Meat companies have been negatively impacted by higher grain prices because animal feed is one of their biggest costs. Meat processors haven't been able to pass on many of those costs because consumers aren't willing to pay more for meat at the grocery store.
On Oct. 12, the US Department of Agriculture released its monthly report on global crop supplies, estimating farmers will have 866 million bushels of corn on hand at the end of next summer, a 29 percent increase over the agency's estimate last month. The agency also increased its estimate of next year's wheat surplus by 10 percent to 837 million bushels.
As a result, corn and wheat prices dropped on futures markets Wednesday, with wheat losing 34 cents, or 5 percent, to finish at $6.2675 per bushel. Corn fell 4.25 cents, or less than 1 percent, to end at $6.4075 per bushel.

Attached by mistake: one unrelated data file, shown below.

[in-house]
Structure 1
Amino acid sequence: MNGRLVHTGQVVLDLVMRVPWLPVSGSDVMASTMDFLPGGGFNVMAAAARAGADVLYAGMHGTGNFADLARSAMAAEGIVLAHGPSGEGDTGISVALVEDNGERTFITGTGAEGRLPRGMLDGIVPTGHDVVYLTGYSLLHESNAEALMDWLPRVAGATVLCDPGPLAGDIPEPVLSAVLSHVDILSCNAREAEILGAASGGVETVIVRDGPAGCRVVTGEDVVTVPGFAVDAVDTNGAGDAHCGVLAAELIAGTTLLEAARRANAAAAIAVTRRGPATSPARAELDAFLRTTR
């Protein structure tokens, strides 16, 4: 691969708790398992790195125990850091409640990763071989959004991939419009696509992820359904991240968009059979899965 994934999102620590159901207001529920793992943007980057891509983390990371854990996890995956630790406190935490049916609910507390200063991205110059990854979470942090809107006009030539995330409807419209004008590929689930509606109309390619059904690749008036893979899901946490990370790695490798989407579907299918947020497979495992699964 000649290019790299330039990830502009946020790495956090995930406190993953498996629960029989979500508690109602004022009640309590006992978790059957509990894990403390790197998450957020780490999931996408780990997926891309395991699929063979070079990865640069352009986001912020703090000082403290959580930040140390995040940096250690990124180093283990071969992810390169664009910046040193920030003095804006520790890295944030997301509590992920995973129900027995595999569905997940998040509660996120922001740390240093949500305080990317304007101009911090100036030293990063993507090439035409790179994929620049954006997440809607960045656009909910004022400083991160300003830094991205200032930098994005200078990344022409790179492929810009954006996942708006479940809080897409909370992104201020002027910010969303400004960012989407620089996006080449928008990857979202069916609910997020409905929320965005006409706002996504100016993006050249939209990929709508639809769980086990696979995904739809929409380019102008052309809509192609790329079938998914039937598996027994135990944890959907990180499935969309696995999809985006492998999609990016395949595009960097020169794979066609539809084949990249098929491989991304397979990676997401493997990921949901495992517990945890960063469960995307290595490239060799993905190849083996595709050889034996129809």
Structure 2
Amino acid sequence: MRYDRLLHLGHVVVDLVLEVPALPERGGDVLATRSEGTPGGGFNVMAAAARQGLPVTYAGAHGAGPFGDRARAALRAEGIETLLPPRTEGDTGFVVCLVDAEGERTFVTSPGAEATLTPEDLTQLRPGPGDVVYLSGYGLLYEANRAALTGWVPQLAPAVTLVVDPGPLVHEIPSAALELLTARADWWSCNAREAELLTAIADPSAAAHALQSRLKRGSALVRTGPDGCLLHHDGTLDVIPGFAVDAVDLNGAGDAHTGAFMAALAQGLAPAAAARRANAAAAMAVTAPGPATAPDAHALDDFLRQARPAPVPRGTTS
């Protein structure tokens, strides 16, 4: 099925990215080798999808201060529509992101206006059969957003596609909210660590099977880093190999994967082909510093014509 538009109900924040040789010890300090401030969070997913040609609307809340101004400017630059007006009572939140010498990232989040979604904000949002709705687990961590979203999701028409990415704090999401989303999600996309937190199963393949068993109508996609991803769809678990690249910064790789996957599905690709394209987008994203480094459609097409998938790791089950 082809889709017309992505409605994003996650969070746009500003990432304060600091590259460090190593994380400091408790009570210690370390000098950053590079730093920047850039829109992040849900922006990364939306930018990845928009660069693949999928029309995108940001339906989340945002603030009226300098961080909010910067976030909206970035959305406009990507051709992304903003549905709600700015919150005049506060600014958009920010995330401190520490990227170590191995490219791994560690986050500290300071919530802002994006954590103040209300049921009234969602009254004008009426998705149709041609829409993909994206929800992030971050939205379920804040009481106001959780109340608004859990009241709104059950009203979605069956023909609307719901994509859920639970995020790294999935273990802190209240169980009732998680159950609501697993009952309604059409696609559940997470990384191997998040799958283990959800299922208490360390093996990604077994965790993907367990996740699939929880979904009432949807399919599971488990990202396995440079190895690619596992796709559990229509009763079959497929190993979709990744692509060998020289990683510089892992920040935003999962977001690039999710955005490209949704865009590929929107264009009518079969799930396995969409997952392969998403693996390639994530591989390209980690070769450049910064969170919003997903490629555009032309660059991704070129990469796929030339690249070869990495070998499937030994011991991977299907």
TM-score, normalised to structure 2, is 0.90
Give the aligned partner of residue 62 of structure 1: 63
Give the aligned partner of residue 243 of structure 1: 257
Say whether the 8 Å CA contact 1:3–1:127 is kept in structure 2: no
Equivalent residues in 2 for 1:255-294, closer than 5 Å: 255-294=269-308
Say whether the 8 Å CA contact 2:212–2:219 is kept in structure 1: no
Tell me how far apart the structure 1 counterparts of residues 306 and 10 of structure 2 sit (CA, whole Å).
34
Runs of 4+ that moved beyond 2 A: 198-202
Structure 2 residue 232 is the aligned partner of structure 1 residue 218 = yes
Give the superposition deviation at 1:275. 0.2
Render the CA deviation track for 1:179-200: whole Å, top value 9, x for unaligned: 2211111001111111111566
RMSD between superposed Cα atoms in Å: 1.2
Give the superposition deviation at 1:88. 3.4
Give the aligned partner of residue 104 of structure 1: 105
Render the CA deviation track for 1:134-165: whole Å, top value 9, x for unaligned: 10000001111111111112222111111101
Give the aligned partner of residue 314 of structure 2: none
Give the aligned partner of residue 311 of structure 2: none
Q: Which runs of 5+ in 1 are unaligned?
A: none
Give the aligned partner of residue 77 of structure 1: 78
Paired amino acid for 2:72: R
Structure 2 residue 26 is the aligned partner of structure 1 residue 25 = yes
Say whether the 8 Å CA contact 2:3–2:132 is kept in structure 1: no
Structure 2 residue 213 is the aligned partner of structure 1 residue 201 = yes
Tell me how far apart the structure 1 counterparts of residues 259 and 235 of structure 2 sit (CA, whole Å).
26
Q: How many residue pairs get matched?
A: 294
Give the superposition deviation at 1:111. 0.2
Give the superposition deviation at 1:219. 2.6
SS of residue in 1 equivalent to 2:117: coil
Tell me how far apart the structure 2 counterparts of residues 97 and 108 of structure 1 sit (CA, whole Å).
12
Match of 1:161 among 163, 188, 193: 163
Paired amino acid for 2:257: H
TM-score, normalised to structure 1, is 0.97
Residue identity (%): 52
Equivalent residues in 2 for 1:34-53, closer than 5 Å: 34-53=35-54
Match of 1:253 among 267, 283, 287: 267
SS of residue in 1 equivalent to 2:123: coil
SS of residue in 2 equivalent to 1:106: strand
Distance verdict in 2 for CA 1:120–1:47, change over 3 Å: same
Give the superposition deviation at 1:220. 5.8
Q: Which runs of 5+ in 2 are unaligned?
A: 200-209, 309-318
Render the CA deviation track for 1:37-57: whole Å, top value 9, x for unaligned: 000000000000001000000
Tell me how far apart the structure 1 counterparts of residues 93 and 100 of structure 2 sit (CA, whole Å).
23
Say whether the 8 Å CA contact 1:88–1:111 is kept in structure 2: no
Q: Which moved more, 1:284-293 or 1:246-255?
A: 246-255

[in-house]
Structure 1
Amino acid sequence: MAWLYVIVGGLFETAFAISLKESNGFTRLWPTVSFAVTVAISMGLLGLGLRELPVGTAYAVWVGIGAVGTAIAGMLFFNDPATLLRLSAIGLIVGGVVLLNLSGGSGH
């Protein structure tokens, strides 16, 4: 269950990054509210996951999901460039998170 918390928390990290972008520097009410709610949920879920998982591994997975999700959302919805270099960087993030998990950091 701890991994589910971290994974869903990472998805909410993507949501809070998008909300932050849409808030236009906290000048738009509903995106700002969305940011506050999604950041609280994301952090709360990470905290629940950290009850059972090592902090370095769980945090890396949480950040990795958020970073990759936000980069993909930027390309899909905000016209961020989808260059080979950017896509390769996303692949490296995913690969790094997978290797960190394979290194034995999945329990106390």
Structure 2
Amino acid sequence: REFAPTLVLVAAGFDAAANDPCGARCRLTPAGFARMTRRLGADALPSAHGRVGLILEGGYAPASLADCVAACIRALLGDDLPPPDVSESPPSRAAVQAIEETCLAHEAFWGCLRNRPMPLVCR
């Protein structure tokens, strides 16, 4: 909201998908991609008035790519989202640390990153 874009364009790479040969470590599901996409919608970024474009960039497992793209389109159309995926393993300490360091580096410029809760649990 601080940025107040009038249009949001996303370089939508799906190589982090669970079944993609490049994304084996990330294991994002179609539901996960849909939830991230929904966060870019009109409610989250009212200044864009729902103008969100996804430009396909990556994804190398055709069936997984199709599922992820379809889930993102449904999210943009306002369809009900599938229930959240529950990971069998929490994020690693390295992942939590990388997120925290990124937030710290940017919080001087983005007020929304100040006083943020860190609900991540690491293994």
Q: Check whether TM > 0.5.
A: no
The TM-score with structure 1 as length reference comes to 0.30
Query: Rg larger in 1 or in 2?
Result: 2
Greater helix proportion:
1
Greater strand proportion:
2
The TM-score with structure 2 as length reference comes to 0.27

Thanks to grain prices falling, meat companies can increase their profit margins without having to raise prices.
Several months ago, experts speculated that corn might trade as high as $8.50 a bushel, which would have wiped out profits for many meat companies. But now, corn may likely trade much closer to $6 a bushel, said analyst Jason Ward, with Minneapolis-based Northstar Commodity. One reason is that wheat is now far less expensive. Meat companies can substitute wheat for corn in their animal feed if corn prices start to climb again, Ward said.
As a result of yesterday’s announcement, shares of Tyson Foods increased 48 cents, or 2.7 percent, to close at $18.43. Smithfield Foods gained 29 cents, or 1.4 percent, to $21.76. Hormel Foods Corp. rose 12 cents to close at $28.79. ConAgra gained 26 cents to close at $25.60. The broader market edged up less than 1 percent.